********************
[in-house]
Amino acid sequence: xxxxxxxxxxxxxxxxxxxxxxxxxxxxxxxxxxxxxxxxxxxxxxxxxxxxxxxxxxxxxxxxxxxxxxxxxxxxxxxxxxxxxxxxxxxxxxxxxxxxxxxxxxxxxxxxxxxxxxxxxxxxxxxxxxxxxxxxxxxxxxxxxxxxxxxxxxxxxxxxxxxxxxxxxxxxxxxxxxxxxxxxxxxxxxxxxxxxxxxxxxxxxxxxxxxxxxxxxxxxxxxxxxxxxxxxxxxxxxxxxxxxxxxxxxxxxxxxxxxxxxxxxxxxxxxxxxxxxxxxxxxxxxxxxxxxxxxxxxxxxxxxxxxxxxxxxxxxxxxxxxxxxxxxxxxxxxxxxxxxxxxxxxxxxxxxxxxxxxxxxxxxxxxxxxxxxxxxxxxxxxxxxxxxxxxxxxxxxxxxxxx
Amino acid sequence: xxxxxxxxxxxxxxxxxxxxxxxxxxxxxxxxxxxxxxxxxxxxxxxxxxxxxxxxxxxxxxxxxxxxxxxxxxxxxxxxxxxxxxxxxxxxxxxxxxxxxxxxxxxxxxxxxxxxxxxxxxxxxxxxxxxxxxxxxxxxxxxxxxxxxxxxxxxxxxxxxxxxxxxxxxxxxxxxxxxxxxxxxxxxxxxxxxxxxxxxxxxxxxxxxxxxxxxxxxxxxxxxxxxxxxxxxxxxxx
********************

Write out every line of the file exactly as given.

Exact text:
[in-house]
Amino acid sequence: xxxxxxxxxxxxxxxxxxxxxxxxxxxxxxxxxxxxxxxxxxxxxxxxxxxxxxxxxxxxxxxxxxxxxxxxxxxxxxxxxxxxxxxxxxxxxxxxxxxxxxxxxxxxxxxxxxxxxxxxxxxxxxxxxxxxxxxxxxxxxxxxxxxxxxxxxxxxxxxxxxxxxxxxxxxxxxxxxxxxxxxxxxxxxxxxxxxxxxxxxxxxxxxxxxxxxxxxxxxxxxxxxxxxxxxxxxxxxxxxxxxxxxxxxxxxxxxxxxxxxxxxxxxxxxxxxxxxxxxxxxxxxxxxxxxxxxxxxxxxxxxxxxxxxxxxxxxxxxxxxxxxxxxxxxxxxxxxxxxxxxxxxxxxxxxxxxxxxxxxxxxxxxxxxxxxxxxxxxxxxxxxxxxxxxxxxxxxxxxxxxx
Amino acid sequence: xxxxxxxxxxxxxxxxxxxxxxxxxxxxxxxxxxxxxxxxxxxxxxxxxxxxxxxxxxxxxxxxxxxxxxxxxxxxxxxxxxxxxxxxxxxxxxxxxxxxxxxxxxxxxxxxxxxxxxxxxxxxxxxxxxxxxxxxxxxxxxxxxxxxxxxxxxxxxxxxxxxxxxxxxxxxxxxxxxxxxxxxxxxxxxxxxxxxxxxxxxxxxxxxxxxxxxxxxxxxxxxxxxxxxxxxxxxxxx